Before this century, scientists knew that a large, elephant-like creature called the mammoth had once roamed the forests of Siberia and other parts of the world.
Ancient cave paintings depicting these creatures had been found, and mammoth tusks had been dug up from the earth. But not until 1900 did scientists have a chance to see this extinct creature as it looked thousands of years ago.
An old man in Siberia found the tusks of a mammoth. He led scientists to the site. There they found the entire body of a mammoth frozen in the cold ground, right where it had died some 15,000 years ago!
The mammoth was about 10 feet long and 13 feet high at the shoulders. In fact, it was about the size of the modern African elephant. But it was much more hairy, and it had a hump at the back of its neck and long, spiral tusks. Scientists believe that the mammoth was the largest mammal of its era. They’re not sure when and why this creature died out.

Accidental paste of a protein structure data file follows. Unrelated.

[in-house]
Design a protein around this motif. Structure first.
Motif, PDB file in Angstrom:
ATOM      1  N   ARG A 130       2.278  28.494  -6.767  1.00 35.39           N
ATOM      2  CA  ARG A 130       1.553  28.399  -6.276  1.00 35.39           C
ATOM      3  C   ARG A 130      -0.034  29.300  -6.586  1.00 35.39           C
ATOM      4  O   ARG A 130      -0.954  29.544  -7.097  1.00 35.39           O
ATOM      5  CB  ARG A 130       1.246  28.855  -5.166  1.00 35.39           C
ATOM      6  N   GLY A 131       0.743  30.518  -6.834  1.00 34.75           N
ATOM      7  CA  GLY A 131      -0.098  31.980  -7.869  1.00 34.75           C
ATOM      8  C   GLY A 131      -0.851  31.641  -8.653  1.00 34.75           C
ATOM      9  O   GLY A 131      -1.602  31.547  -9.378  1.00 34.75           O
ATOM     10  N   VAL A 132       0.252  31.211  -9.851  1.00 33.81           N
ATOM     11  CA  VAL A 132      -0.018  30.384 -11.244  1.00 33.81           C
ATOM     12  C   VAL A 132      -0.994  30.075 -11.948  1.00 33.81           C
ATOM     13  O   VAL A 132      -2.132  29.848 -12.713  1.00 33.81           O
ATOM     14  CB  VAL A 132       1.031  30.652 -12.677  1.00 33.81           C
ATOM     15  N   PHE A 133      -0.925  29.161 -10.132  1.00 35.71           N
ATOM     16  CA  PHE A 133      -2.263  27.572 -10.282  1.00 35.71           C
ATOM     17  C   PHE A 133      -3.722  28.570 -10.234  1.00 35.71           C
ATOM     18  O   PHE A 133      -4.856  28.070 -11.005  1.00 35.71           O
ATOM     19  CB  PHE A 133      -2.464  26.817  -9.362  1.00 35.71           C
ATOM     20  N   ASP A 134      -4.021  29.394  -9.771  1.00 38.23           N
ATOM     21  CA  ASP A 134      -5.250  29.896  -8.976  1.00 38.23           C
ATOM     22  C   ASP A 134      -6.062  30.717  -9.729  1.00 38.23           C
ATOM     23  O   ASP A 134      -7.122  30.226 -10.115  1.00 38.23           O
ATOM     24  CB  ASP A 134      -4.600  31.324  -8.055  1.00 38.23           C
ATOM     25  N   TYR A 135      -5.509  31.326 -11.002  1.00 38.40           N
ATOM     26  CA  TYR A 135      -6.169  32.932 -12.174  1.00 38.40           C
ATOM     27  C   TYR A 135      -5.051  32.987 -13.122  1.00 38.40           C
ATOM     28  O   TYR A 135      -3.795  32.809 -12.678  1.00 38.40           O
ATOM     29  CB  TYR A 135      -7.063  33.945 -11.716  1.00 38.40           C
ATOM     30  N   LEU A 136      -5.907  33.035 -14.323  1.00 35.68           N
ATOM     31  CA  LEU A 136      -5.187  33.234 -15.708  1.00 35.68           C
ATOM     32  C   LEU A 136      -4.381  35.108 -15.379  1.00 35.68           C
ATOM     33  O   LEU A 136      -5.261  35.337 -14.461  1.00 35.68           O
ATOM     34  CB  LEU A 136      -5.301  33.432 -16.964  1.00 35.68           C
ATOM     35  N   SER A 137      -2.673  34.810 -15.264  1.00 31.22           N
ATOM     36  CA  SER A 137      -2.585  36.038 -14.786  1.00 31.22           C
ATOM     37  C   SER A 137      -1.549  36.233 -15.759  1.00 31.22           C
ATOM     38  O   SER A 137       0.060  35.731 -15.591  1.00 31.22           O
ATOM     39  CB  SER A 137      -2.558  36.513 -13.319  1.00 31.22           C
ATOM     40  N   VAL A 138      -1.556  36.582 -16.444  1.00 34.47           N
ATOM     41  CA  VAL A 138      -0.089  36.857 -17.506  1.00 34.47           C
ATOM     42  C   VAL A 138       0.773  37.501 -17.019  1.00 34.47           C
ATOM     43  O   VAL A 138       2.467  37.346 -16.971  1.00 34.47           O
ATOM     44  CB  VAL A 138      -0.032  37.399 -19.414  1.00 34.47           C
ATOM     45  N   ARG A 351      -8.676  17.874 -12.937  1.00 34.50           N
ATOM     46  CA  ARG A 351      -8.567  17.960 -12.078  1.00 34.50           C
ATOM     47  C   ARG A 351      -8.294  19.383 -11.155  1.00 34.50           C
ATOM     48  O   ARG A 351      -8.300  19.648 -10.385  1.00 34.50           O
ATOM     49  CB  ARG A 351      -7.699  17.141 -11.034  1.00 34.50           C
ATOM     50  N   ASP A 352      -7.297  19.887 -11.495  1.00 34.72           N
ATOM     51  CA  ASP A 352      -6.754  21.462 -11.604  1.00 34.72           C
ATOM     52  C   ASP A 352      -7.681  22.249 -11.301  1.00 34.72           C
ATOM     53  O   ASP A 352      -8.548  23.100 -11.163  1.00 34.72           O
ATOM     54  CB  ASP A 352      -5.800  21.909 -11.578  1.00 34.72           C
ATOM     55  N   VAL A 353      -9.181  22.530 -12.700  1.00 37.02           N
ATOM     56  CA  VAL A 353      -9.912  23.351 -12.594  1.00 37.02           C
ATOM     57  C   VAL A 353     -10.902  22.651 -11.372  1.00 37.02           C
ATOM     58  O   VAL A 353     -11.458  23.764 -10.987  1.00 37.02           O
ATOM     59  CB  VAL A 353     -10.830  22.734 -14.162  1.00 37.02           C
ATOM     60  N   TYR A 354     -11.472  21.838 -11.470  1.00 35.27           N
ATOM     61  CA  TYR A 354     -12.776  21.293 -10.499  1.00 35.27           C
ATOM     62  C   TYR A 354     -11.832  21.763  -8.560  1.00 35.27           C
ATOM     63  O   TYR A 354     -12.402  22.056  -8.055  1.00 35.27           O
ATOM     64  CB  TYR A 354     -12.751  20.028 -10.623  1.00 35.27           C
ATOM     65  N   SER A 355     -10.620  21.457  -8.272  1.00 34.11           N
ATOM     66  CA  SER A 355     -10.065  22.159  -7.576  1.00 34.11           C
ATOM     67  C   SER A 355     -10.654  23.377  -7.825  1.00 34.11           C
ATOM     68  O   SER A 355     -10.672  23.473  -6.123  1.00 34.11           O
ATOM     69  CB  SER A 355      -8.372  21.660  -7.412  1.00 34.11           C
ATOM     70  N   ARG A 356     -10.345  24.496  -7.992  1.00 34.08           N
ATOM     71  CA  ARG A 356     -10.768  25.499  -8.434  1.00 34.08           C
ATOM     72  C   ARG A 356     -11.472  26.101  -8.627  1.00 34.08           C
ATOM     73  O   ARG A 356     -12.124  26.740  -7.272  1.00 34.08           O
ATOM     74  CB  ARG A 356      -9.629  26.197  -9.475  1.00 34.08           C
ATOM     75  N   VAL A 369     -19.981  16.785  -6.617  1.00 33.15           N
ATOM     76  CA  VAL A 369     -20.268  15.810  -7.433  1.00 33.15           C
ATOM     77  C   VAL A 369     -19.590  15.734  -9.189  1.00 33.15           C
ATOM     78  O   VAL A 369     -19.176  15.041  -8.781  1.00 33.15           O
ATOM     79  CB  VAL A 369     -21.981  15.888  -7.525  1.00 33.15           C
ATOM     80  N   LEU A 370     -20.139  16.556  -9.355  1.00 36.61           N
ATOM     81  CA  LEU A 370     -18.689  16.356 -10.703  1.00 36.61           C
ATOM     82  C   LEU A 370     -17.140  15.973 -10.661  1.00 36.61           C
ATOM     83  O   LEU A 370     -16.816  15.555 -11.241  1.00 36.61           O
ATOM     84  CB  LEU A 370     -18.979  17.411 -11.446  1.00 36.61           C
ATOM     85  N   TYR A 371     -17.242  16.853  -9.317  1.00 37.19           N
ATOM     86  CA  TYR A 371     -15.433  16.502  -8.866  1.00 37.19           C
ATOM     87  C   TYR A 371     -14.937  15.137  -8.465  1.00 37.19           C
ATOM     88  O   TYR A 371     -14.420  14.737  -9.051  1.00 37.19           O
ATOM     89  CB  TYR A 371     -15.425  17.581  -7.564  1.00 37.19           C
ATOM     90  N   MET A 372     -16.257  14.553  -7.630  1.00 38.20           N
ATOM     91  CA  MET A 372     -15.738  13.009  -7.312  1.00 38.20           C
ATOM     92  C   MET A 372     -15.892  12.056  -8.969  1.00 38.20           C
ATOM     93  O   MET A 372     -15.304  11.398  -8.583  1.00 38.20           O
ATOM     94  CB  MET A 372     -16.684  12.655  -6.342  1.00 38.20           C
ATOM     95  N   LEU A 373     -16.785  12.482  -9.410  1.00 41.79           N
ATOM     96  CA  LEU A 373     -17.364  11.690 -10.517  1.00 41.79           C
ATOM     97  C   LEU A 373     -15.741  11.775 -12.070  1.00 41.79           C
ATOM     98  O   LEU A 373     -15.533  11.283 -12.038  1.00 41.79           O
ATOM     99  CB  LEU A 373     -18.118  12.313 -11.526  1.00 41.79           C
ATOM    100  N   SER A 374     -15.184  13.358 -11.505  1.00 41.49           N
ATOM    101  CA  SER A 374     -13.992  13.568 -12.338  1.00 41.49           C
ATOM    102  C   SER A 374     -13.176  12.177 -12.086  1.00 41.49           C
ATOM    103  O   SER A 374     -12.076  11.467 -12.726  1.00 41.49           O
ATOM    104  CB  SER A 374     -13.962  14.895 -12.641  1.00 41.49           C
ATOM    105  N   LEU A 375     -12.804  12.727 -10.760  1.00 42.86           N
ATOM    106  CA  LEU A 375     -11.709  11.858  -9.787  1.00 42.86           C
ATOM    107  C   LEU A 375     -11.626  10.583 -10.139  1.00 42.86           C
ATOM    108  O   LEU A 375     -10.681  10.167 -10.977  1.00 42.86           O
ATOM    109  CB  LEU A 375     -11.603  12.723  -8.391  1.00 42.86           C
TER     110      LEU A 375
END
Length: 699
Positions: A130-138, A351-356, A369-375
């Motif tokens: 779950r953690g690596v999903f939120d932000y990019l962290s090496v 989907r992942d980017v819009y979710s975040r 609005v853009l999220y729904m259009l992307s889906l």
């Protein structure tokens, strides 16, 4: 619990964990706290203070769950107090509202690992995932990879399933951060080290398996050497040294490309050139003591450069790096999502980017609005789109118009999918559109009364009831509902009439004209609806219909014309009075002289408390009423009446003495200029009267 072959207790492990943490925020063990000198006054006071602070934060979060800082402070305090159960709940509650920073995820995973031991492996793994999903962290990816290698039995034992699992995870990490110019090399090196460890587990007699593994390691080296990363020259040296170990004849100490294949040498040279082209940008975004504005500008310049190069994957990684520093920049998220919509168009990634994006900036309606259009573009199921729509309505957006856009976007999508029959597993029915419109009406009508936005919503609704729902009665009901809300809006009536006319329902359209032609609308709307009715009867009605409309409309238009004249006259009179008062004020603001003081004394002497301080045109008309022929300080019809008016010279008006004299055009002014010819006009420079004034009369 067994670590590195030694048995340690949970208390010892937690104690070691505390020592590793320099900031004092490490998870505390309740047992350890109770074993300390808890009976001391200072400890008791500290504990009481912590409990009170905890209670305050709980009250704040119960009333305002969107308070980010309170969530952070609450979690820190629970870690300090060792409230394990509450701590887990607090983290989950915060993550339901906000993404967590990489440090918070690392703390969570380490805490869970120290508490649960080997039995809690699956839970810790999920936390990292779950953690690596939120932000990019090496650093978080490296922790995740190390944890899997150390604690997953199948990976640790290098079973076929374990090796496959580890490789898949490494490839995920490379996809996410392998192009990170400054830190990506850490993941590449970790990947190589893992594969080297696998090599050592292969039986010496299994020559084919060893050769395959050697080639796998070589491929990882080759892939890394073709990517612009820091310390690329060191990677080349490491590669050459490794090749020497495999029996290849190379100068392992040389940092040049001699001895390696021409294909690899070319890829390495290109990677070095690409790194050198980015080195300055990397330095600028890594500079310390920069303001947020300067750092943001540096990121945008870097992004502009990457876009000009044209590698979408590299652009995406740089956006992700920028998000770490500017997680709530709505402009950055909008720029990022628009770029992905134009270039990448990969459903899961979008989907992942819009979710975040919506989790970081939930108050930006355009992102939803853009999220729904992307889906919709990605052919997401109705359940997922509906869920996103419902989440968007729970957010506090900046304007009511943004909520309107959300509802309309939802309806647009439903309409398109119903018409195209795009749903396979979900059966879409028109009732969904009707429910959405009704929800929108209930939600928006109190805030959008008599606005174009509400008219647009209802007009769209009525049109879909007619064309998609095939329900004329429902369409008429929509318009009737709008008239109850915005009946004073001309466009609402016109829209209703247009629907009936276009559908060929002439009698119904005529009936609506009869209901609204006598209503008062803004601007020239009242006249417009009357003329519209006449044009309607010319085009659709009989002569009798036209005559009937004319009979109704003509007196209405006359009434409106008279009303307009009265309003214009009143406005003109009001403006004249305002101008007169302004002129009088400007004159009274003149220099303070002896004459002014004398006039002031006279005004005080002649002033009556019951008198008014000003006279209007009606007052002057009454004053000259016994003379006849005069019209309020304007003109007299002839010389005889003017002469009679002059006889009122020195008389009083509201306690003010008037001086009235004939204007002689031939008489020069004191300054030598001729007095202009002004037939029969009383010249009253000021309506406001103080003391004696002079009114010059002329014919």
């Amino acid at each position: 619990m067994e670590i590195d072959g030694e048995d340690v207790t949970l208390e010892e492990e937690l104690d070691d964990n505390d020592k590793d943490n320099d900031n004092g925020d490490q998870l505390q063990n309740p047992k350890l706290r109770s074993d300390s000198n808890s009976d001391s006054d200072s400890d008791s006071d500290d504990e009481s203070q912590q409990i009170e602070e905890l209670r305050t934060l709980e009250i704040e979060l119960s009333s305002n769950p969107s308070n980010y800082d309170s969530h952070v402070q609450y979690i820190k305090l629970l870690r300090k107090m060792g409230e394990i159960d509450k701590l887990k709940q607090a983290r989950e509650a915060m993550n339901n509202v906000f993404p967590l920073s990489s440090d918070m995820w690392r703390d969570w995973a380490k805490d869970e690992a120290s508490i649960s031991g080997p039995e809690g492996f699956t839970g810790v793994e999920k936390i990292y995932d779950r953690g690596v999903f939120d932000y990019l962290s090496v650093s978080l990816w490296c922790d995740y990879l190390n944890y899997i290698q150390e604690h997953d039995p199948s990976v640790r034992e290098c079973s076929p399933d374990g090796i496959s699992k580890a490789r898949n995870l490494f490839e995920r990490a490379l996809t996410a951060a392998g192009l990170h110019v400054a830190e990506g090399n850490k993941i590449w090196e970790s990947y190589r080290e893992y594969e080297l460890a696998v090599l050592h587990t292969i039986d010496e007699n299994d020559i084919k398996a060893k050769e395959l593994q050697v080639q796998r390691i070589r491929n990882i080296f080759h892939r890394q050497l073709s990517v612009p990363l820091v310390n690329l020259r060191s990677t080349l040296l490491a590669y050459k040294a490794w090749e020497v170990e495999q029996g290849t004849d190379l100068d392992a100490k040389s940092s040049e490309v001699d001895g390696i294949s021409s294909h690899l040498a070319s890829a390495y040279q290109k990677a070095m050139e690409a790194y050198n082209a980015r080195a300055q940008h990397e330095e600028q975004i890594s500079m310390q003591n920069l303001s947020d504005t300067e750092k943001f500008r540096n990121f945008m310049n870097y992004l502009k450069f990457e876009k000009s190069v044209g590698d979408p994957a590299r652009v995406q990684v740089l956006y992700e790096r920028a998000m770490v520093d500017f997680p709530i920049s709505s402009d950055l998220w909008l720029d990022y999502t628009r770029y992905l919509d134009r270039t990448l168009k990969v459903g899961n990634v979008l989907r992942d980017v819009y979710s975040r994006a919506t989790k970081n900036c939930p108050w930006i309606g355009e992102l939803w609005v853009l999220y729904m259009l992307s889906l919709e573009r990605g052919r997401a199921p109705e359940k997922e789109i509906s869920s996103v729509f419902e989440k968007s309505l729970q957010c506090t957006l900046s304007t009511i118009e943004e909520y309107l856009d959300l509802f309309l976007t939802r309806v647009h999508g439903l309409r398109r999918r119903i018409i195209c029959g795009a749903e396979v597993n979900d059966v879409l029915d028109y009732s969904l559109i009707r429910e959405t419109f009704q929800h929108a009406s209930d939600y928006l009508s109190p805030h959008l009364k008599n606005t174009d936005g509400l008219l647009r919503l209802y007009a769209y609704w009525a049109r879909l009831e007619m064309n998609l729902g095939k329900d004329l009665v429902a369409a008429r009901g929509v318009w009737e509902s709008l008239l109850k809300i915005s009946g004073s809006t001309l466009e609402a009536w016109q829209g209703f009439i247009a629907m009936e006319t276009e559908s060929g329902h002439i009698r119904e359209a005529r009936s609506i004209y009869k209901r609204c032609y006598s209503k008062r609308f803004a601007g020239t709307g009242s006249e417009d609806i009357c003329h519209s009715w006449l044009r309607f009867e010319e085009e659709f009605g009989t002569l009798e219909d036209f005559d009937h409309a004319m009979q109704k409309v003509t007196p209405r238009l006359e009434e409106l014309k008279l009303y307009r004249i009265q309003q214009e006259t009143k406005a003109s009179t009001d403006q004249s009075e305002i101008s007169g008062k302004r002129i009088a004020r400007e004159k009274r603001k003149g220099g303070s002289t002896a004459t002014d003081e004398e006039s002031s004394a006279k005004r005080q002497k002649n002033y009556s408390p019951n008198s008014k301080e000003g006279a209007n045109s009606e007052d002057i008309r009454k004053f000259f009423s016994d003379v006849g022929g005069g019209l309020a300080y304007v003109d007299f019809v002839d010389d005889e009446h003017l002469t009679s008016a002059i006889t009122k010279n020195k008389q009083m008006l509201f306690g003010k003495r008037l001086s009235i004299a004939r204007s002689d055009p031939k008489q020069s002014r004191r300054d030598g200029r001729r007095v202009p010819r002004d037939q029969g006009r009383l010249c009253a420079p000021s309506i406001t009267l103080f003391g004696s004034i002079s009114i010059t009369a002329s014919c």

The body of the mammoth found in Siberia had survived the centuries because it had fallen into a marsh, where it sank to the bottom of the icy mud and died. The mud then froze, locking the mammoth in the “deep-freeze” for 15,000 years.
When the mammoth was found, it still had food in its teeth and stomach! And when the flesh of the mammoth thawed out, it was fresh enough to be eaten by dogs!